Seathwaite farm car parks were full but with a little backtracking we found a spot, got kitted up and set off. The path passes through the farm and heads up alongside a rather weedy stream (the young River Derwent). At this stage we appeared to be on a path so crowded that I was half expecting to be queuing to get through any narrow bits.
The first staging point was Stockley Bridge. This stone bridge wouldn’t have looked out of place in Hobbiton. There were some inviting pools of turquoise water and we wondered about dipping our feet on the way back. The colour of this water was seen in many streams and pools on the way up and must have been due to the rocks I presume.
At the bridge we had the choice of following Grains Gill or climbing more steeply around Seathwaite Fell to Styhead. I thought it was six of one and half a dozen of the other, but having completed the walk I think our choice of the Styhead route was the right one.
The path was steep, not enough to erase smiles but walking up in the bright sunlight did force me to roll up my trousers. For some reason this gave me a strong desire to wear a knotted hanky, presumably a genetic thing related to my northern roots. Luckily I was sans hanky but still felt like the bloke off Monty Python’s. Better comfortable than fashionable though, eh?
The path took us past Taylorgill Force, with more turquoise pools by which time the person density had noticeably reduced. Where had they all gone?
As we turned more westwards the Scafell pikes came into view, framed between Great Gable, Seathwaite Fell and a deep blue sky. The easiest path was often in the stream bed of Styhead Gill which was relatively empty. The path crosses the gill on a narrow footbridge that presumes walker’s BMIs are less than 30. The gill was pretty empty though and though the bridge wasn’t absolutely necessary, everyone used it.
Styhead Tarn was only a few hundred metres further on. A beautiful spot. The Tarn stands at a crossing of paths, the one we had followed along Styhead Tarn, those to Esk Hause, Wasdale, Great Gable and the Corridor route. Our interest was caught by the mountain rescue stretcher box and we were drawn towards it like moths to a flame. In doing so we failed to notice the path off to the left that we should have taken. Luckily once we were past the box our minds cleared and we could see where we should have been. It was as though the stretcher box had enchanted us. Perhaps it’s a magic box. I see that Wainwright mentions it is easy to miss the path where we did.
The corridor route was visible climbing up the western slopes of Great End and Broad Crag to Lingmell Col. The path was easy to follow and even had steps built in places. There was a brief scramble at Skew Gill but nothing to dent the spirits.
At Lingmell col we eyed up Scafell Pike and Lingmell. It was decided that lunch should be taken on Lingmell since it looked less crowded than the Pike. The views from Lingmell were impressive: Wast Water, Seascale, the Isle of Man, the Gables, the Scafell hills, Styhead Tarn, Derwent Water and a Navy Sea King. The path up Scafell Pike looked well defined, and busy.
We walked down Lingmell’s scree like path, across the grass of Lingmell col and then started up the Pike’s rocky path amidst the many other walkers of all ages and sizes, with their varying appropriateness of attire and numerous dogs. Yes, everyone and his dog was climbing the Pike that day.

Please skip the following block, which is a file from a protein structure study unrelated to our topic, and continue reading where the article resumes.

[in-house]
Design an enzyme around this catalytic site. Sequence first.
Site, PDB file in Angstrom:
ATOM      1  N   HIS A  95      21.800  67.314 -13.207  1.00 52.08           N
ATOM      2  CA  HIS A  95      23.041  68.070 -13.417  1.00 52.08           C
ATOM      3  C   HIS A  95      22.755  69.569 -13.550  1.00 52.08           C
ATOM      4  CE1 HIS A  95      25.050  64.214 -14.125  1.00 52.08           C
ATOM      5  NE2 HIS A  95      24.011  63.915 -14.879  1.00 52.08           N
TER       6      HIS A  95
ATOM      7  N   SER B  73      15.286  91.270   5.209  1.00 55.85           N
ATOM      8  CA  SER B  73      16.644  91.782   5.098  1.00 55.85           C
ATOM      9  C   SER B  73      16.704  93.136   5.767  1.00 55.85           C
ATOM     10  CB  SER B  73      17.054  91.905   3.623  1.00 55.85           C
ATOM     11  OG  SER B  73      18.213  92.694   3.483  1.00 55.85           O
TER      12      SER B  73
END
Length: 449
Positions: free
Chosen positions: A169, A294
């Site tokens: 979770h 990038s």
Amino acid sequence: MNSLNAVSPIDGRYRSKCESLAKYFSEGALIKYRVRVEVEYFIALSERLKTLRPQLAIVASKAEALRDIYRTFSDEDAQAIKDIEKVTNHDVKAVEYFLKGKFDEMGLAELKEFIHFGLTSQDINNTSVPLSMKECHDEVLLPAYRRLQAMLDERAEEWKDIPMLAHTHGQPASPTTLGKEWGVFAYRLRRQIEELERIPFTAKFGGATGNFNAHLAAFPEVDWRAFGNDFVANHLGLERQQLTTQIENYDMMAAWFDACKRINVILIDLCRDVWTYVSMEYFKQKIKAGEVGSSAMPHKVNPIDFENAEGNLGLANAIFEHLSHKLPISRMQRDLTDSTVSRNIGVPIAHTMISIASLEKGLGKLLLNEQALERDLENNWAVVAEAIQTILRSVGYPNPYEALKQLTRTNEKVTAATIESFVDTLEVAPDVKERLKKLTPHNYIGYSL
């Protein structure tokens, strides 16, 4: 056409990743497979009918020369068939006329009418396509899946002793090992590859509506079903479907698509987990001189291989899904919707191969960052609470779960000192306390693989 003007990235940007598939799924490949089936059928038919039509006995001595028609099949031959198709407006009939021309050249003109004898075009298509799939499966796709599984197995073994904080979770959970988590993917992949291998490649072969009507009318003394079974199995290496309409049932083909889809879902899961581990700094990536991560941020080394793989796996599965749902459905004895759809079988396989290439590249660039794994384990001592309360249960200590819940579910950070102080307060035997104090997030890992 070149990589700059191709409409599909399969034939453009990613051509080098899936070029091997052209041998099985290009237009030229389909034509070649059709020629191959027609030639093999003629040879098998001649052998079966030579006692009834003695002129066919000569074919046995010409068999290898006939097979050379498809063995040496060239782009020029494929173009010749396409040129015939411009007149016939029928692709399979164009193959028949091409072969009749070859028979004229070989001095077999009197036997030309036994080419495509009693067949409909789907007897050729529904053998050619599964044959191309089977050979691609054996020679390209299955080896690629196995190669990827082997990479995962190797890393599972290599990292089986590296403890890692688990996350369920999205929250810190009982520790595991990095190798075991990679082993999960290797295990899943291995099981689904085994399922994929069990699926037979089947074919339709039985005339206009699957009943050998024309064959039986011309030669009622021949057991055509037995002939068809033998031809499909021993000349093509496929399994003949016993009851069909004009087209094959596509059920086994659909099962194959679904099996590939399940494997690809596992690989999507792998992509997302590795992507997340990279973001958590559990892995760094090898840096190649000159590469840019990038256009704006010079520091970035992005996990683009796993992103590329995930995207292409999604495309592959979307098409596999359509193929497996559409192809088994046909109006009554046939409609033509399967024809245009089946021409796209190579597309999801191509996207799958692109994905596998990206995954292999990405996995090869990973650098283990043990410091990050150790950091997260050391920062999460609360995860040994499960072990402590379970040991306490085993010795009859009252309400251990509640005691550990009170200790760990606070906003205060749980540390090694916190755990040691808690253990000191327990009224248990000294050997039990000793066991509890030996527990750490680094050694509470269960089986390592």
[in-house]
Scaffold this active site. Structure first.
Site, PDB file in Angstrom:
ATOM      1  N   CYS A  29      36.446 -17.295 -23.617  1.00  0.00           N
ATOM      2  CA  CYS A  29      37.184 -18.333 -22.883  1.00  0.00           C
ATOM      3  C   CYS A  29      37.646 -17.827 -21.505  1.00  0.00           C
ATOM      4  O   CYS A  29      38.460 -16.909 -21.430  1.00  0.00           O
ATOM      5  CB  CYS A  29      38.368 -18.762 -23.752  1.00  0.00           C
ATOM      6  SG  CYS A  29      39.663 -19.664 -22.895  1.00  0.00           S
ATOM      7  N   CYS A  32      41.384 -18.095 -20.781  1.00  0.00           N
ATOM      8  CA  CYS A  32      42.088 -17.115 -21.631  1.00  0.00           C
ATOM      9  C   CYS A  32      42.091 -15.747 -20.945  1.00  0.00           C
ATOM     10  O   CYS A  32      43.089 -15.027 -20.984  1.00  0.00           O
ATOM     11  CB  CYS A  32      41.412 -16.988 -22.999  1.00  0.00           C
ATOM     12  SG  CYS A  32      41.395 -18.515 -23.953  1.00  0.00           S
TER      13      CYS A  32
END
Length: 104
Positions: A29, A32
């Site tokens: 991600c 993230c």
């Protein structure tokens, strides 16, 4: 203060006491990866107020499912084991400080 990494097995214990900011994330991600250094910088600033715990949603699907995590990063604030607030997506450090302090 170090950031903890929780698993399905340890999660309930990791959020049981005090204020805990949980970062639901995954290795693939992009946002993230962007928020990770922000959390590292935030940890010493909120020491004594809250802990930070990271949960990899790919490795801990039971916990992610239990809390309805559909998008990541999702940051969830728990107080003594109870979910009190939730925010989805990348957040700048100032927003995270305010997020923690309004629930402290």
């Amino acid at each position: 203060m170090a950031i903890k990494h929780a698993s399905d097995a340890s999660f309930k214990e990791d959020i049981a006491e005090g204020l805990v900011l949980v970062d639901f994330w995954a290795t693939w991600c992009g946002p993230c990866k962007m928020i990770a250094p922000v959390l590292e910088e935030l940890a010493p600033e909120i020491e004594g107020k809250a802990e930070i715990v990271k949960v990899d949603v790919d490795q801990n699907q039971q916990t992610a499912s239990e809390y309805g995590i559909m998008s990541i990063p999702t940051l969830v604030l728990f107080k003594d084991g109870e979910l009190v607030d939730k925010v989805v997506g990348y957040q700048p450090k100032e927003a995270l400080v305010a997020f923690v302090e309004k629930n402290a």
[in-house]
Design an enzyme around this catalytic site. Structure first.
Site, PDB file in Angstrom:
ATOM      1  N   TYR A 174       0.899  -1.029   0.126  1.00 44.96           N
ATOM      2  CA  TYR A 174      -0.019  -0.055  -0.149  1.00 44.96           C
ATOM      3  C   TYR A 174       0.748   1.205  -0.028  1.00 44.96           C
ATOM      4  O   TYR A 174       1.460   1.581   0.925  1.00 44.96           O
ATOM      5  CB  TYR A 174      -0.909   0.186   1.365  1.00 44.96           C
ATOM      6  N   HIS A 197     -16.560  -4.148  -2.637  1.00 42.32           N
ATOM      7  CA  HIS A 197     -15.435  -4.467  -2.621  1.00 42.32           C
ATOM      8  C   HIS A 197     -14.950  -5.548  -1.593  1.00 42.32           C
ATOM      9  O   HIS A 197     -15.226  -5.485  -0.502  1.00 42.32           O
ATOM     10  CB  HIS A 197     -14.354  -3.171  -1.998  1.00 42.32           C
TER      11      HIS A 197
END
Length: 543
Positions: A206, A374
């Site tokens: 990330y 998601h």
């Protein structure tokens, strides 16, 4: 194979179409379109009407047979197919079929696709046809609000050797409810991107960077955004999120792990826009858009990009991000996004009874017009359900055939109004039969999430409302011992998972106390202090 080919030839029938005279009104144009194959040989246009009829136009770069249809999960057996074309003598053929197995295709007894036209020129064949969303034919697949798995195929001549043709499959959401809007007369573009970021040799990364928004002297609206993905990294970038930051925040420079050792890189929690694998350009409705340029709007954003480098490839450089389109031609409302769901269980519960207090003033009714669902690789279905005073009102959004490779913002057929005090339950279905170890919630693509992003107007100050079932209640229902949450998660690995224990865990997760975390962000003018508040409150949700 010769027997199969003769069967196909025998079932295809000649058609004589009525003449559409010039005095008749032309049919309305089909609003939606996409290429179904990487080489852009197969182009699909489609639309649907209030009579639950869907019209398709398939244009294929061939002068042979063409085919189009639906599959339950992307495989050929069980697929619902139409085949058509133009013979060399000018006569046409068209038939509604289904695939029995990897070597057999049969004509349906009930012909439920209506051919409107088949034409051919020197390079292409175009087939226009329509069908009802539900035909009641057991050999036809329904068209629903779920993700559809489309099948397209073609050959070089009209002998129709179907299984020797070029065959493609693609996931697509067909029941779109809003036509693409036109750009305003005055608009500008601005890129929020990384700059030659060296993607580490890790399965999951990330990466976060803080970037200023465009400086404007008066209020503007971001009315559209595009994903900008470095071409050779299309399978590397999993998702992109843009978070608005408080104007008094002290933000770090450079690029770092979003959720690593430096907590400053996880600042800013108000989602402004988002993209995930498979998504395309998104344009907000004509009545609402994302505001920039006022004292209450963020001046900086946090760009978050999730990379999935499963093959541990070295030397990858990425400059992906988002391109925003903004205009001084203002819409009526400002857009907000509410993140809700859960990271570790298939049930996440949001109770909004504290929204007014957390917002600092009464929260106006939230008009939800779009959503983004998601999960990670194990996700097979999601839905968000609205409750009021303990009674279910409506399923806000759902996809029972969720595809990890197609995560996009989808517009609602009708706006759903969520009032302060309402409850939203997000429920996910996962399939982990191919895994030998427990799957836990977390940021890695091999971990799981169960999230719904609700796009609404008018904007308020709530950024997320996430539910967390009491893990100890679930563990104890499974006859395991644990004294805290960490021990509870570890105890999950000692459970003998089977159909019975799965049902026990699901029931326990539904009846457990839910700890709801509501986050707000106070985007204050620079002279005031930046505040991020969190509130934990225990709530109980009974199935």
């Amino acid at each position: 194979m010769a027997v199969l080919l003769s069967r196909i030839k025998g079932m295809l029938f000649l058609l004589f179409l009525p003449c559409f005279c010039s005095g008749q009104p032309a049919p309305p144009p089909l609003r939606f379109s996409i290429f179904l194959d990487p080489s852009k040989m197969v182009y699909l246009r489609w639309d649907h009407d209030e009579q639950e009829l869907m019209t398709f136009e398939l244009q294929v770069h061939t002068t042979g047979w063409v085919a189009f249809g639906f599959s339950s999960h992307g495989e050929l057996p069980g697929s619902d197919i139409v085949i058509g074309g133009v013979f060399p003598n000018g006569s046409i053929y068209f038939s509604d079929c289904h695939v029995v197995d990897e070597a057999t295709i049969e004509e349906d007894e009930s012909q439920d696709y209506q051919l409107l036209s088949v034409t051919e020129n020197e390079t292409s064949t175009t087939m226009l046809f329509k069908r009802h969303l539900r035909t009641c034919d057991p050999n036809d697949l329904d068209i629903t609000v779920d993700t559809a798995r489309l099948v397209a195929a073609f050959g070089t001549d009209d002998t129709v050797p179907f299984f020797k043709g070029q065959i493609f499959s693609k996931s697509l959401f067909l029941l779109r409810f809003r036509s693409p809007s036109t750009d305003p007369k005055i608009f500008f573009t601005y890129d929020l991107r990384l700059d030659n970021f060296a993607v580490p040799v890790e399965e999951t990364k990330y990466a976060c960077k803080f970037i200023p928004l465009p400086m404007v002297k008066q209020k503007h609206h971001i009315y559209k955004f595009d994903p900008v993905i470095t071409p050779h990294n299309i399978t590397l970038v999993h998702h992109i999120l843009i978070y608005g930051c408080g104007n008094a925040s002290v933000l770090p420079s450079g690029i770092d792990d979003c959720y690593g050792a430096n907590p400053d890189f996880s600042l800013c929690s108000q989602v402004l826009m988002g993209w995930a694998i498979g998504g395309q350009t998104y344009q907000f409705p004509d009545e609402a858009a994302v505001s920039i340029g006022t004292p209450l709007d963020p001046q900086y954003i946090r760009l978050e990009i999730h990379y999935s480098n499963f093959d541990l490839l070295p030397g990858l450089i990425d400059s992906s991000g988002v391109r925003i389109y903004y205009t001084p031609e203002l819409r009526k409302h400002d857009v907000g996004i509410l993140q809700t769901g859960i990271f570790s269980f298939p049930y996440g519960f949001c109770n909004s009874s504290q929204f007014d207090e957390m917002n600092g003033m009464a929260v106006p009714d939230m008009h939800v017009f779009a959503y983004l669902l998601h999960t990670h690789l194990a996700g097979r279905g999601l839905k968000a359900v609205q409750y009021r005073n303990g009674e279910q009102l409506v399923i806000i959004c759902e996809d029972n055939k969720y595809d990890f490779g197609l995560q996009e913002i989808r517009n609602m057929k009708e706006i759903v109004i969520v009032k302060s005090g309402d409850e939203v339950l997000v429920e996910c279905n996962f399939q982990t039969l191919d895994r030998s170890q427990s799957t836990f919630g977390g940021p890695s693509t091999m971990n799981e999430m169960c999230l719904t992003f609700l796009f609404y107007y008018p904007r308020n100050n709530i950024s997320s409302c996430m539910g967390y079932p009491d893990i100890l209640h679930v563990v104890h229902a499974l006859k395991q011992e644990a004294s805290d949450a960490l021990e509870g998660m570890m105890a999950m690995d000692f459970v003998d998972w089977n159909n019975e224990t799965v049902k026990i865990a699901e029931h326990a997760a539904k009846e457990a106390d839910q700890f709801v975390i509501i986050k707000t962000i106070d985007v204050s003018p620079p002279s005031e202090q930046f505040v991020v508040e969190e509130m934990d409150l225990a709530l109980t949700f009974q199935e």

Scafell Pike’s summit is rock covered with a large war memorial where we climbed for our photos. Not surprisingly the views were again impressive. Sca Fell was invitingly close and the gully to Foxes Tarn easily seen, but it will have to wait for another day, probably to be approached from the south.
After chatting with some folk on the summit we headed off towards Broad Crag. Because the summit is covered in rocks and boulders there is no obvious track and the cairn marking the way is difficult to spot, what with it being a small pile of rocks amidst a mountain top full of similar rocks. After a wee scramble we were heading along the ridge past Broad Crag, stepping from one large boulder to the next. I’m pleased we were doing this in dry weather and could trust our feet not to slip. This would have been much slower going in the wet.
After Broad Crag the boulder field ends and the ridge beside Ill Crag is littered with small cairns to guide walkers. Great End was only a short diversion, so how could we say no? Unfortunately, Andy started to get pain in his thighs during this climb, but with a bit of stretching was able to make it.
Great End does offer good views including a look back over the Scafell ridge, Esk Pike and Bowfell. And what’s more, from there it was all downhill.
As we walked down towards Esk Hause I became aware that my bladder had passed into the uncomfortable stage where the sound of running water is no longer a joy. This coincided with an increase in the numbers of walkers on the path and a complete lack of hiding places. I wonder if there should be some generally recognised signal when attending to the call of nature, perhaps a raised walking pole, or the singing of a particular song, that warns folk off.
Springing Tarn could be seen from the Hause and we walke towards it then turned right alongside Ruddy Gill. The path down from there was easy enough and in good nick. A small bridge took us across Ruddy Gill just before it joined Grains Gill. We followed this stream down to Stockley Bridge to join the path by the River Derwent back to the car.
A great walk with three Wainwrights and we couldn’t have asked for better weather.
Wainwrights: Lingmell, Scafell Pike, Great End
David: Point man and navigator
Elaine: Dispenser of morale boosters, alternate point man Andy: Wisecracks, occasional rearguard
Mike: Rearguard and speed limiter